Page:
2. The young man's eyes were opened to see that deliverance was at hand. "The Lord opened the eyes of the young man; and he saw: and, behold, the mountain was full of horses and chariots of fire round about Elisha." This is the second step in the sinner's salvation. Having seen his need, he next needs to see the Savior. "Behold the Lamb of God, which taketh away the sin of the world? Have you seen your true condition, your spiritual need? Have you seen your need of Jesus as your Savior?

"When free grace awoke me, by light from on high,
Then legal fears shook me, I trembled to die;
No refuge, no safety in self could I see -
Jehovah Tsidkenu my Savior must be.

"My terrors all vanished before the sweet Name;
My guilty fears banished, with boldness I came
To drink at the fountain, life-giving and free -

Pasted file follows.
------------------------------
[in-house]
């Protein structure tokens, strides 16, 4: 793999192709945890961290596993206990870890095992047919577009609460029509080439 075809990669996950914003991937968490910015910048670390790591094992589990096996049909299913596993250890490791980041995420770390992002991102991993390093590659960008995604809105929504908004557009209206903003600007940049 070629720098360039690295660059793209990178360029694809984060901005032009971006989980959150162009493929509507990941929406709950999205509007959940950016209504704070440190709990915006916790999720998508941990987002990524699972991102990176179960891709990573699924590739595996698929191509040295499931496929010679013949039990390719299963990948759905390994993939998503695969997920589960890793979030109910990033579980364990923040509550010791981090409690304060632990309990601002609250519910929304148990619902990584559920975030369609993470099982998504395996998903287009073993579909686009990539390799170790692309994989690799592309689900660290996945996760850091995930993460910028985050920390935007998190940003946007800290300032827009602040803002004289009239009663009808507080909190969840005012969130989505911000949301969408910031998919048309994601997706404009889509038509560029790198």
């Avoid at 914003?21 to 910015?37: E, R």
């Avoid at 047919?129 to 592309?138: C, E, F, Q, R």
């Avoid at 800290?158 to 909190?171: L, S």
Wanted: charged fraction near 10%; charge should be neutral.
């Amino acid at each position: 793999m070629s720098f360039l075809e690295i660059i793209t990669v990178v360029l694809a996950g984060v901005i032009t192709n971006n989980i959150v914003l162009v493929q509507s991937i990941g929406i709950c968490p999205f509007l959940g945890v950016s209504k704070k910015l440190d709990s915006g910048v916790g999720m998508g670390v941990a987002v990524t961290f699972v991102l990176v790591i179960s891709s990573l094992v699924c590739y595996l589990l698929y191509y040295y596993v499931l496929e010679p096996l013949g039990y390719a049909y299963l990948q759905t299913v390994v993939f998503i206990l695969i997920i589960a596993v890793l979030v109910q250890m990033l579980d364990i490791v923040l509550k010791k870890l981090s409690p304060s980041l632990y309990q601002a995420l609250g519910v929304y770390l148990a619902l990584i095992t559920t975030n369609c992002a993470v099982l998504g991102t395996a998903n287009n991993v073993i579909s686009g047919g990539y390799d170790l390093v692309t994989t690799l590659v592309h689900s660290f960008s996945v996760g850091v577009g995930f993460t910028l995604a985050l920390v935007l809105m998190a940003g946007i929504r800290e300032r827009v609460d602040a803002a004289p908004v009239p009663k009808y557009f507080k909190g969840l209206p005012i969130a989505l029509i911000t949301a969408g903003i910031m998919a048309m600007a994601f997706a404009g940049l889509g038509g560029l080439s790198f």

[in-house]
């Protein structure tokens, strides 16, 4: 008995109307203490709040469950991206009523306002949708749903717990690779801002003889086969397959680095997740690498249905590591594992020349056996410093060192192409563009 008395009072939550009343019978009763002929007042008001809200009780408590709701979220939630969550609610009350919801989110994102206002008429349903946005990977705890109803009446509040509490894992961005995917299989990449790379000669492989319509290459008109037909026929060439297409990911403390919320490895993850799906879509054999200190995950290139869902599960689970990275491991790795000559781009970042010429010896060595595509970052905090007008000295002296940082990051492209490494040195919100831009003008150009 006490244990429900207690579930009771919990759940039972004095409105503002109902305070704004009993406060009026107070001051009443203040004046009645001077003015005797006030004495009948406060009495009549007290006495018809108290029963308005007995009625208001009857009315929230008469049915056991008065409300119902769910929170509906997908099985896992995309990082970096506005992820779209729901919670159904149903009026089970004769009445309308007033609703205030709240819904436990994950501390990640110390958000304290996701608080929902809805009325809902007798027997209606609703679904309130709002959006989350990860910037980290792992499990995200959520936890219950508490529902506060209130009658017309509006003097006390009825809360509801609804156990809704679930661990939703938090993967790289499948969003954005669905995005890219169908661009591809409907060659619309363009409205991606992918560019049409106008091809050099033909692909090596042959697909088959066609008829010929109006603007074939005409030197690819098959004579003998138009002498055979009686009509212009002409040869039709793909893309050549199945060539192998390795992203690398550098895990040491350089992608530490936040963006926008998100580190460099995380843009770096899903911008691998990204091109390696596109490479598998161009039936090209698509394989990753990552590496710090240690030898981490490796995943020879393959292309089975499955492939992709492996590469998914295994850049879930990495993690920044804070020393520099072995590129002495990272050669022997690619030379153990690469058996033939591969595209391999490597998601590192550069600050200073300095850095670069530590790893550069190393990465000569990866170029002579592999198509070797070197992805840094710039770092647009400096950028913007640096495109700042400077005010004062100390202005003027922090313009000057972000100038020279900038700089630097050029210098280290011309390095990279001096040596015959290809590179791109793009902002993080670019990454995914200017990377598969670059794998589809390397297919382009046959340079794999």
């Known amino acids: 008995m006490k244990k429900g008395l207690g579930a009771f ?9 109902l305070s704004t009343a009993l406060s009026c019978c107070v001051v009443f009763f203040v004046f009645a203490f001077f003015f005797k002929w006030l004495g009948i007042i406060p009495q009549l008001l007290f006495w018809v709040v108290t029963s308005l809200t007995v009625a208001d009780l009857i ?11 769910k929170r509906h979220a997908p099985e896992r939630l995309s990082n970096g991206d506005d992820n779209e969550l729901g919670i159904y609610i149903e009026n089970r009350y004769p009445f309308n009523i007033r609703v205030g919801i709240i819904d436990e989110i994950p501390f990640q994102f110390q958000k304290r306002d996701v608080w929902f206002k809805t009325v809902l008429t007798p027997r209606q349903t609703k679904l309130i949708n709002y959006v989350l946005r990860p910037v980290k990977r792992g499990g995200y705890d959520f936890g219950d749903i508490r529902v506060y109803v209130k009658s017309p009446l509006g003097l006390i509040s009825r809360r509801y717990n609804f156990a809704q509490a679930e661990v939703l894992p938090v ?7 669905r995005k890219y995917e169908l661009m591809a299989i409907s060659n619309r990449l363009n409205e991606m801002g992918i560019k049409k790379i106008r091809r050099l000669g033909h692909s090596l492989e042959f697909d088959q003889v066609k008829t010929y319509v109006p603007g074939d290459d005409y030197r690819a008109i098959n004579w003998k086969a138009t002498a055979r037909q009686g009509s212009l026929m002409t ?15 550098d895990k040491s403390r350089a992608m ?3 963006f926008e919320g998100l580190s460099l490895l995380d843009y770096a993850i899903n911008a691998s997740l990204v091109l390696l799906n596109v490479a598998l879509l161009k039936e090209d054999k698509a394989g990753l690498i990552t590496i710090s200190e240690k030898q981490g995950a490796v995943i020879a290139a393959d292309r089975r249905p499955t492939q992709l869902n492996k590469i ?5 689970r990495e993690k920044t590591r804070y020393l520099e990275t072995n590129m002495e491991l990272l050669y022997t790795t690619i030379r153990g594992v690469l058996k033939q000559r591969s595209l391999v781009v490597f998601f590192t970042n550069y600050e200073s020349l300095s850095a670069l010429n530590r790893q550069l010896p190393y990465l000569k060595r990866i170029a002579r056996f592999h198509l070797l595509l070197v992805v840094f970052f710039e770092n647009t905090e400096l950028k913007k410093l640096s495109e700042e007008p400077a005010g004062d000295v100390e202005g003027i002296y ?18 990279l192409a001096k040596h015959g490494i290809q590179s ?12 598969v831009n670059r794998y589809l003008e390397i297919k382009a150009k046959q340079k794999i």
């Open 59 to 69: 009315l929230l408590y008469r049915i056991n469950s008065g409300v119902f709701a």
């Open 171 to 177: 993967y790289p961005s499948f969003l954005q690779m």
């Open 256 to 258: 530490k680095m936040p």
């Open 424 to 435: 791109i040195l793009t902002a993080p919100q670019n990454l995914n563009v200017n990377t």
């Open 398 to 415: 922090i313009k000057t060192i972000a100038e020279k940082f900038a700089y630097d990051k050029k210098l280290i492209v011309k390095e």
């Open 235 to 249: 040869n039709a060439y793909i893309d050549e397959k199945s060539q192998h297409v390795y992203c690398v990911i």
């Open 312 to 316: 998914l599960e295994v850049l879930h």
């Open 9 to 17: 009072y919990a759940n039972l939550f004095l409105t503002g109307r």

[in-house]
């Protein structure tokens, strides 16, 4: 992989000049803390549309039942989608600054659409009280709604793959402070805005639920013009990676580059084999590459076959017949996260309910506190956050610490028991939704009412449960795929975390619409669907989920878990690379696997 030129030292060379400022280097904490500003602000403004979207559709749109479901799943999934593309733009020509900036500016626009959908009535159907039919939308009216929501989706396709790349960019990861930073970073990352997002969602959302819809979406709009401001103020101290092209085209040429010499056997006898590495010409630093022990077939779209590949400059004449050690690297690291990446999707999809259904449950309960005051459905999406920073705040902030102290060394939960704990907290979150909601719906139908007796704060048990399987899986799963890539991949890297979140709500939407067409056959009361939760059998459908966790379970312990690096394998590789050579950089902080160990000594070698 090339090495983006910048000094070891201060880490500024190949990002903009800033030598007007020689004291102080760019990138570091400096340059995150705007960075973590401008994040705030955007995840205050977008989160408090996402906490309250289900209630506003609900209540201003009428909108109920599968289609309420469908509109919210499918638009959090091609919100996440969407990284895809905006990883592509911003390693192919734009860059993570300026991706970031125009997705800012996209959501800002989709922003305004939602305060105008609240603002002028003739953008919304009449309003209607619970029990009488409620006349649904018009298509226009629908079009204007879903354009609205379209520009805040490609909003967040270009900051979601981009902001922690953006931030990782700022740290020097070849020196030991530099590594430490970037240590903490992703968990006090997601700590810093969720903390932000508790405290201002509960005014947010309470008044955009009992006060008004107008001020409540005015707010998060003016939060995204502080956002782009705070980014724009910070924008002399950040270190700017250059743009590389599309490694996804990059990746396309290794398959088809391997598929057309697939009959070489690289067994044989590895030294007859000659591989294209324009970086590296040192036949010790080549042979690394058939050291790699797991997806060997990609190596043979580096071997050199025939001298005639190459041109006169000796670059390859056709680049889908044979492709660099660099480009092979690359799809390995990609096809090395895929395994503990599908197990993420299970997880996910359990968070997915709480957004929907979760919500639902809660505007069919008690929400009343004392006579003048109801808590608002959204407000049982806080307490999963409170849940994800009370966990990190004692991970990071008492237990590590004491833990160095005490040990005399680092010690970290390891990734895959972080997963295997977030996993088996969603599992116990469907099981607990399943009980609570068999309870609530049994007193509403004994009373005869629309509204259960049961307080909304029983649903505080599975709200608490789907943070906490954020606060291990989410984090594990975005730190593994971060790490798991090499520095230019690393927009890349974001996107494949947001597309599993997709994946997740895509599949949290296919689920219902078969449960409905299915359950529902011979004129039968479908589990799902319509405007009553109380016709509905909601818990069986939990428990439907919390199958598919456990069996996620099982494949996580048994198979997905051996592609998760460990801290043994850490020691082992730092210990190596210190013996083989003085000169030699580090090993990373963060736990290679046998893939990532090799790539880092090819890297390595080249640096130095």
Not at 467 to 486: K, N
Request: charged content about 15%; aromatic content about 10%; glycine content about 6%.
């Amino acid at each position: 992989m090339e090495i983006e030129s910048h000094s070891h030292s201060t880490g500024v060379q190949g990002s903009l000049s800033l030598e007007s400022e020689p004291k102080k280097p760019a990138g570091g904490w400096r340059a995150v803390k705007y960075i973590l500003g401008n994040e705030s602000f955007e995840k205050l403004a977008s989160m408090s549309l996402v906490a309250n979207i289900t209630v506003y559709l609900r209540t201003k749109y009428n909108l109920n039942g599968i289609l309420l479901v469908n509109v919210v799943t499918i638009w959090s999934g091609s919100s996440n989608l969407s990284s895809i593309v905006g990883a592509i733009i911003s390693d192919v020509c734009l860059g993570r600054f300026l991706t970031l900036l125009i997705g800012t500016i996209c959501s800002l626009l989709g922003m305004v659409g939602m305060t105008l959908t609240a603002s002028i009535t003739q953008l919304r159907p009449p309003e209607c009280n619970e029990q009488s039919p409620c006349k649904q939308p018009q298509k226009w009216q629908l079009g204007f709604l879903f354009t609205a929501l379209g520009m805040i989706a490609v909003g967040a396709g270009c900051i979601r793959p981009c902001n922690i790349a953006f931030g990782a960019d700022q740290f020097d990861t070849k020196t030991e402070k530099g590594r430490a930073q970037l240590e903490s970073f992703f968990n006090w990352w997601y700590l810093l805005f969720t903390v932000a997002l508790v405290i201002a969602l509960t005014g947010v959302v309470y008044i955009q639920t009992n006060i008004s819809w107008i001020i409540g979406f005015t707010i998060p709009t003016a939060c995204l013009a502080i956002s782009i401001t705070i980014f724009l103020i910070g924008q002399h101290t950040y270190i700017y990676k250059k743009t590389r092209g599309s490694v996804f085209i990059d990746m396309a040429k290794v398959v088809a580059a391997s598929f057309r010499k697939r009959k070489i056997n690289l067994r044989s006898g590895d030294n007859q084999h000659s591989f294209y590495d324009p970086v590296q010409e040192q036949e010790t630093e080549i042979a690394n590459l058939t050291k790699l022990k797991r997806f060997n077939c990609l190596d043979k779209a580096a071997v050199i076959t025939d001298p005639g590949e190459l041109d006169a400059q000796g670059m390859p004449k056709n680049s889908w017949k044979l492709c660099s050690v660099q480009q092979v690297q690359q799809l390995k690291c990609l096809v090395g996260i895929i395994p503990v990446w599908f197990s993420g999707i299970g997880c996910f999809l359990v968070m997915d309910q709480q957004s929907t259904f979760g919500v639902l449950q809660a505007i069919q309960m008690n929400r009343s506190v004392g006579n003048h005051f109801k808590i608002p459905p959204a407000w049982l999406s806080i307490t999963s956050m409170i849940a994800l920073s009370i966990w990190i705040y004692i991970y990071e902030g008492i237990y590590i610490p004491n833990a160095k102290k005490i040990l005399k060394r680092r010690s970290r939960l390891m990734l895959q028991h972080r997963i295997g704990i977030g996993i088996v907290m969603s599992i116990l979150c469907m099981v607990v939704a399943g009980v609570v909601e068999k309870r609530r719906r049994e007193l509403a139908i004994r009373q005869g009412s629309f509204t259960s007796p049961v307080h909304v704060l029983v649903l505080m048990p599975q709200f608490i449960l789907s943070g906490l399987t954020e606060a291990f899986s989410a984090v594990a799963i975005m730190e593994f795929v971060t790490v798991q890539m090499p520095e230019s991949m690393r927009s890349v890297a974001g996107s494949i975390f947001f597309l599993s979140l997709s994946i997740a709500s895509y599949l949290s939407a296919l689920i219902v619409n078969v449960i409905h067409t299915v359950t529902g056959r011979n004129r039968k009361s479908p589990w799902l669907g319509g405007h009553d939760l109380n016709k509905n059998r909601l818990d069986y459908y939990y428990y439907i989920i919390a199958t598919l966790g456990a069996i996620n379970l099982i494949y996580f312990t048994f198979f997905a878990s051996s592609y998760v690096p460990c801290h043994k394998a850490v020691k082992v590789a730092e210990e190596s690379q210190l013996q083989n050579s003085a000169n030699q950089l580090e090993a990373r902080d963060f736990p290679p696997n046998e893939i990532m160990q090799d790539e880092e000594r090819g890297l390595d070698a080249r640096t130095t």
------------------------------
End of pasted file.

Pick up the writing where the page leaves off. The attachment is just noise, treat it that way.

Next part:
Jehovah Tsidkenu is all things to me."

III. THE POWER OF PRAYER. Elisha's prayers prevailed three times in this short narrative. There may be some one known to us whose eyes are closed, who is spiritually blind. Have we brought the case to God in prayer? Is it a wandering son? "Lord, I pray thee, open his eyes, that he may see." Is it a wayward daughter? a godless friend? We may not reach them by our words; but we can reach them by our prayers.

IV. THE POWER OF DIVINE GRACE. Elisha did not exult in his triumph over his enemies. He did not take advantage of their helplessness. They had come to take him captive, perhaps to take away his life; but he heaps coals of fire on their head. The King of Israel wanted to smite them. But Elisha reminds him (according to one view) that it was not customary to smite even captives taken in war: how much less should he smite those who had been put within his power, not by any exertions of his own, but by the miraculous interposition of God! On the contrary, Elisha recommends that they should be well treated and well fed. This was done. And what was the consequence? "So the bands of Syria came no more into the land of Israel." This little act of kindness had turned away their wrath. What an example for us to imitate toward those who treat us ill! "Be not overcome of evil, but overcome evil with good." - C.H.I.

Lord, I pray thee, open his eyes that he may see.